When it comes to basketball shoes, nobody makes more money than Michael Jordan — even now that he’s been retired for over 16 years. In fact, the $130 million Jordan earned in shoe sales in the 2019 fiscal year was more than any other professional athlete made across all of their revenue streams, contracts included. Simply put, the Jordan Brand is a cash cow unlike any ever seen in the world of shoes.
Over the years, the Jordan Brand has released 31 different variations of MJ’s signature shoe, the Air Jordan. While certain shoes are undisputed classics, others fall somewhat flat. Perhaps the most reviled of all Air Jordans were the 2009 signature edition. Let’s break down exactly what made the 2009 Air Jordans a flop with both critics and consumers.
History of the Air Jordan 2009
Up until 2009, the Air Jordan line of shoes had been numbered sequentially. The first model, the Air Jordan 1, debuted in 1985. Each subsequent shoe received the next appropriate numeral, all the way up to the release of the Air Jordan 23 in 2008. No. 23, of course, was Jordan’s number, and arguably the most famous uniform number in all of sports.
Therefore, instead of calling the 2009 release the Jordan 24, the clever folks at Nike decided to rebrand it the Air Jordan 2009. Jordan himself unveiled the shoe at a special event held in New York City. The first iteration of the shoe, released in a batch of 2,009, came in a special black/metallic gold colorway, and retailed for $230. Soon various retail colorways hit stores across the country.
In their official press release, according to Sneaker News, Nike stated that the Air Jordan 2009 was “born from the inspiration of Michael Jordan’s unstoppable will.” The company touted a variety of unique “performance features” meant to give the shoe cutting edge athletic performance. Unfortunately, as feedback started to come filing in, it became clear that the shoe was a failure on both an aesthetic and a performance level.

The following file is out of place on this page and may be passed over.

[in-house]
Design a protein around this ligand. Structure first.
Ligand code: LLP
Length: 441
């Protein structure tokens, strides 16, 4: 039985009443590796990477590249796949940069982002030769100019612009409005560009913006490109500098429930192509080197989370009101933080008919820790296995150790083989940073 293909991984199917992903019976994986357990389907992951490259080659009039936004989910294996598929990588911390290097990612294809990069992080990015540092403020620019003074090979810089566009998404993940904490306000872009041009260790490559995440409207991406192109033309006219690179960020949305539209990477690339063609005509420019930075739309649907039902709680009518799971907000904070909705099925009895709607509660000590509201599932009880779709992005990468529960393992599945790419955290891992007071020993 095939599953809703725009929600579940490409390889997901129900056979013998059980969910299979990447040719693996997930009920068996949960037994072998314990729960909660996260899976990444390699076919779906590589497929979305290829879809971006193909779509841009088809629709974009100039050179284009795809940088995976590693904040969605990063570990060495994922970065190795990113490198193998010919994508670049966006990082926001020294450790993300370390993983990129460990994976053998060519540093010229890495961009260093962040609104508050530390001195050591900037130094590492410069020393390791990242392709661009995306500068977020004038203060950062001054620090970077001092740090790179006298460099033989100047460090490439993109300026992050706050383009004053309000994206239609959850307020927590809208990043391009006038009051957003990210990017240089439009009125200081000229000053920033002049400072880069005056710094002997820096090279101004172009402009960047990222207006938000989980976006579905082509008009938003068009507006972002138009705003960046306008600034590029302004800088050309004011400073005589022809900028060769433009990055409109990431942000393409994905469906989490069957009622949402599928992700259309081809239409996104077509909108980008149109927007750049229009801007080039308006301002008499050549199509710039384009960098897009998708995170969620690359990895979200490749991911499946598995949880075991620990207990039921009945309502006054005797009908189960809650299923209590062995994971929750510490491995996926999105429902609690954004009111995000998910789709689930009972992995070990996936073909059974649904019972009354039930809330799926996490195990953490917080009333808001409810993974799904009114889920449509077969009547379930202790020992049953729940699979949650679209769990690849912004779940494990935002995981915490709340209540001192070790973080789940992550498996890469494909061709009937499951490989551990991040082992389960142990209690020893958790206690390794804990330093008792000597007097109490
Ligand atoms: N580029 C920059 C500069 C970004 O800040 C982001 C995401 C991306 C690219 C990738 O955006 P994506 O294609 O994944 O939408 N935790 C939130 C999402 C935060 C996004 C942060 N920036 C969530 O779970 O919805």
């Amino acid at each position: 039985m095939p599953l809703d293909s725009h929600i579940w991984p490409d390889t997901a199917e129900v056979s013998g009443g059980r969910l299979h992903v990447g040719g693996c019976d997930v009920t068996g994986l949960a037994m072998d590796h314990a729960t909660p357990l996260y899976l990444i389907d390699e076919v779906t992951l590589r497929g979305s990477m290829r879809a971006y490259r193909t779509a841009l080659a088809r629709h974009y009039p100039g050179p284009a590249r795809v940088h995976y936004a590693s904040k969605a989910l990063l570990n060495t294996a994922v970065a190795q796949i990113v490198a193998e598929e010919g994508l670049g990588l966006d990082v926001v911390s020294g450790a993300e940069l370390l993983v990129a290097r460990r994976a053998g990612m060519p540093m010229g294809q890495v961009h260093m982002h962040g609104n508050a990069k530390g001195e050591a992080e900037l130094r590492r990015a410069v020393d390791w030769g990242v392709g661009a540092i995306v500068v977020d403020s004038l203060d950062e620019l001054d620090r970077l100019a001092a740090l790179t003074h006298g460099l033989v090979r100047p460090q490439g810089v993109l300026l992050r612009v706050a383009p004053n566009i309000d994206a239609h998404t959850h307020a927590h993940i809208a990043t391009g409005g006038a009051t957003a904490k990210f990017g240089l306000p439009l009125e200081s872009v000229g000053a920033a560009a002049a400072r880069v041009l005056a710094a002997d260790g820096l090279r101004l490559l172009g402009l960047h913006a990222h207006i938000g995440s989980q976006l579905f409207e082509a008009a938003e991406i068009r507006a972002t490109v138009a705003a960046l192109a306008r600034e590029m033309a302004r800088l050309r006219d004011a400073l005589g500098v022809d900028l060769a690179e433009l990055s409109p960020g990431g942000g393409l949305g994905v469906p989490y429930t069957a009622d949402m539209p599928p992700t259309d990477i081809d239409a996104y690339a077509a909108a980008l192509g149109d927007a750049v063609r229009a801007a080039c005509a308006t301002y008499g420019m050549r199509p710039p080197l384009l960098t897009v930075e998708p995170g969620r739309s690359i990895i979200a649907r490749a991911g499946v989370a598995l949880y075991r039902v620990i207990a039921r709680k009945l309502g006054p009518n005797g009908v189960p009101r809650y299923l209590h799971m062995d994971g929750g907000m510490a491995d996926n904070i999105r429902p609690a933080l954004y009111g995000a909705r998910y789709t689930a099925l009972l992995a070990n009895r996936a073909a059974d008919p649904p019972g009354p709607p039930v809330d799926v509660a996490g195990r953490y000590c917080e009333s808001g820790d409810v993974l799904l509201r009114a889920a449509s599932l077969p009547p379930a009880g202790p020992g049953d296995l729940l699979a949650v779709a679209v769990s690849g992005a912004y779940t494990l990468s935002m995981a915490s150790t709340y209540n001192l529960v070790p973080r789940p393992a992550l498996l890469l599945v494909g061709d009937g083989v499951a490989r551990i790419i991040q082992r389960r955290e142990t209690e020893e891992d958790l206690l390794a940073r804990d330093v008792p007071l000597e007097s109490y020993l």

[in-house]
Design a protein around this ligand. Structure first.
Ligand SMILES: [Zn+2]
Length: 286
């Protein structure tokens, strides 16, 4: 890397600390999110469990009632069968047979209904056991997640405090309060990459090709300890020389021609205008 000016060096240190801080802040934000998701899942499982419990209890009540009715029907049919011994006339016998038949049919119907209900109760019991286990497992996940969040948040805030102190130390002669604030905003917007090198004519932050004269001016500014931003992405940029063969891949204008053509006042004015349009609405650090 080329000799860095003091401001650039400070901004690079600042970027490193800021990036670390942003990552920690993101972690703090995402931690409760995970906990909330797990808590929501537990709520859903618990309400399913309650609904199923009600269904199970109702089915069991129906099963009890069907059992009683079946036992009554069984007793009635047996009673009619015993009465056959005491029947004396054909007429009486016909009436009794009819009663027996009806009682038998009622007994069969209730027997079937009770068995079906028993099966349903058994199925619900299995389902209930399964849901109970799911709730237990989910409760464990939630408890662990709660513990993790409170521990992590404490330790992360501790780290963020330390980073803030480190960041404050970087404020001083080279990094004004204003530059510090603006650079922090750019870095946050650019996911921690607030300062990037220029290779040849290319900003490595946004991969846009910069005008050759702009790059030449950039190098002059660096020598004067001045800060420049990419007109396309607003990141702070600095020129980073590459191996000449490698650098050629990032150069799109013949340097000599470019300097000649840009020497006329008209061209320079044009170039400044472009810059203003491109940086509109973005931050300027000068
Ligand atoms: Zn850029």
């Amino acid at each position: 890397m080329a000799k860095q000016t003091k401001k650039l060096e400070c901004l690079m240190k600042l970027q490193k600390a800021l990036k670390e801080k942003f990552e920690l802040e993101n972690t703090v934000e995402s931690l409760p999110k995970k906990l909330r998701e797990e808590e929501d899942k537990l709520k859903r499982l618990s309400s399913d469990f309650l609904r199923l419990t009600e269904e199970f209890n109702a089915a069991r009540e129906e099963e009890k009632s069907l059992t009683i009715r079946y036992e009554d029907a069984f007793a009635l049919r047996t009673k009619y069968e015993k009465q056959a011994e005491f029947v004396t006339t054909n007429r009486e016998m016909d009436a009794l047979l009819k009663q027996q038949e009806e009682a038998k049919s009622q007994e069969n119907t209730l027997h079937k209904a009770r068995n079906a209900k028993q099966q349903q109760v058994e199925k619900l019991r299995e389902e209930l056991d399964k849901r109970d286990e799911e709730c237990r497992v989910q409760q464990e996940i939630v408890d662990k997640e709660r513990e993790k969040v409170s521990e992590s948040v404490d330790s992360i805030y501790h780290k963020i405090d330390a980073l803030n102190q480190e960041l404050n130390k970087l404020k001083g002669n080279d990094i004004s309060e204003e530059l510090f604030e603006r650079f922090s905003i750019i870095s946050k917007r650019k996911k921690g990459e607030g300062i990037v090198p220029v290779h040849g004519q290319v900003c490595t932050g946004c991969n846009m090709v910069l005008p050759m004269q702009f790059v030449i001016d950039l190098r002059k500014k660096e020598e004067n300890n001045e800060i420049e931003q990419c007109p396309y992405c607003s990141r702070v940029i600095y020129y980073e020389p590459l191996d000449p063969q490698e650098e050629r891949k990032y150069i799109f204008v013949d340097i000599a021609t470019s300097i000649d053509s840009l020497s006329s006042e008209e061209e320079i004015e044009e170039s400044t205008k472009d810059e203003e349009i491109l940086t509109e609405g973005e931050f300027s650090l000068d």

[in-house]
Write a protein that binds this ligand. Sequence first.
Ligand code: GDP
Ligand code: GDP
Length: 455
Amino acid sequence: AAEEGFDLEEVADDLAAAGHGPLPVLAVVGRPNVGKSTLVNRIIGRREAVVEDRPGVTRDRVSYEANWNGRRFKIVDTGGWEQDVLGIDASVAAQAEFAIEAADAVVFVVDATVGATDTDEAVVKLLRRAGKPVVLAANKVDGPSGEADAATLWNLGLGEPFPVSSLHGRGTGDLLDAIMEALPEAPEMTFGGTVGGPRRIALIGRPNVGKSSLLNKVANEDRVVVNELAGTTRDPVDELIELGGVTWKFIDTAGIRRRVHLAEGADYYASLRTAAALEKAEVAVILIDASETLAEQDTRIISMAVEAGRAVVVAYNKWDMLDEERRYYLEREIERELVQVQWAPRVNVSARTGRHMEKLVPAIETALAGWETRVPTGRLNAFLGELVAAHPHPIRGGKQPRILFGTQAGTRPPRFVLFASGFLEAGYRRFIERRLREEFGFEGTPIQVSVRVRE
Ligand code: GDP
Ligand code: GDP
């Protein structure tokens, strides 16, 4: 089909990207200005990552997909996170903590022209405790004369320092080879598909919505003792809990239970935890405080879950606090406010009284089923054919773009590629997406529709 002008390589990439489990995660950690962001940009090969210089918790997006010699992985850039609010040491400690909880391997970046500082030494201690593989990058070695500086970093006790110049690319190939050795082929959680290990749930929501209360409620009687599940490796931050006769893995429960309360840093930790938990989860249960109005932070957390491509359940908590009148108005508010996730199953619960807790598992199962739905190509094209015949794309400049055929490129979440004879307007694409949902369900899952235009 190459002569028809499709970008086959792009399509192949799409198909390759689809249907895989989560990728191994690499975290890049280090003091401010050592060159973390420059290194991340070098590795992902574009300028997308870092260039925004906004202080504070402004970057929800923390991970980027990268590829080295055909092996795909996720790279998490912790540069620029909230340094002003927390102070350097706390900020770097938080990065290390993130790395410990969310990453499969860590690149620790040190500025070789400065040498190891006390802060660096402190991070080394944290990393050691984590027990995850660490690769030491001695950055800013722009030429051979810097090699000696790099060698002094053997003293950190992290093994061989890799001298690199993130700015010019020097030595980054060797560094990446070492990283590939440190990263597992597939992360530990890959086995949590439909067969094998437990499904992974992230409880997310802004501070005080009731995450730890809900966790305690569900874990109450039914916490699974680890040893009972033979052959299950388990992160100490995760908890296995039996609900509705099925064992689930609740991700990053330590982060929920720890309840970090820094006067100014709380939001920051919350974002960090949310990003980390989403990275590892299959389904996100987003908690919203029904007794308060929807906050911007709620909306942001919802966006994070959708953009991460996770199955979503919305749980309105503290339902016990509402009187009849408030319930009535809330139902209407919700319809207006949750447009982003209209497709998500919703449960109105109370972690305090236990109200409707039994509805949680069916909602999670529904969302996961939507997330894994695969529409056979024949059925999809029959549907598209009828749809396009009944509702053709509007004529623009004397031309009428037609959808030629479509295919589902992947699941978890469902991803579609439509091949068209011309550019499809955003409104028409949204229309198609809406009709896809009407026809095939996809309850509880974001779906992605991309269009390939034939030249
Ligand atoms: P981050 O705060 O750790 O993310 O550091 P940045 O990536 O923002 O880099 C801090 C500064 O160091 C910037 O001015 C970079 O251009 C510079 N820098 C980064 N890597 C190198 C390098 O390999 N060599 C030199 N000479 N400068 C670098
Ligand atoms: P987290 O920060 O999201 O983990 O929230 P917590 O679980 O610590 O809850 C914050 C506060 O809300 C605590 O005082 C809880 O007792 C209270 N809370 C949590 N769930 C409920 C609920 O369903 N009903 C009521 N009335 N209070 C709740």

Failing in aesthetics
On an appearance level, the Air Jordan 2009 is a curious and not very attractive specimen. The heel and sole detailing have a decidedly space-age appearance. Meanwhile, the smooth toe calls to mind the look of formal dance shoes. The sides of the shoe feature pleated satin paneling that more than anything resembles vinyl siding.
The shoe also incorporates metal mesh, which Nike claimed “implies the sport of fencing, known for its exceptional defensive element.” That statement shows just how desperate Nike had become in searching for ways to try and keep the Jordan line fresh.
Failing in performance
Those who could find a way to look past the aesthetic flaws of the Air Jordan 2009 soon found that it was equally ill-equipped as an actual athletic shoe. To begin with, as Sneaker News details, the shoe suffered from terrible ventilation, as you can likely tell just from looking at it. Overheated feet and unpleasant odors were baked into the model from the very beginning.
The heel of the shoe incorporated a new design which Nike somewhat grandiosely referred to as Articulated Propulsion Technology (APT). The idea was that the super-responsive heel would improve explosive movement and allow players to burst forward more quickly. While that sounds all well and good, the fact is that basketball players benefit far more for propelling off of their forefeet, especially when jumping.
Instead of making it easier to maneuver around the court, Nike’s APT heel actually made it harder. The heel gave the shoe a high, springy feel, making it harder to control movement accurately. That performance flaw was the final nail in the coffin for the Air Jordan 2009, which soon took its rightful place as the worst shoe in the otherwise solid Jordan line.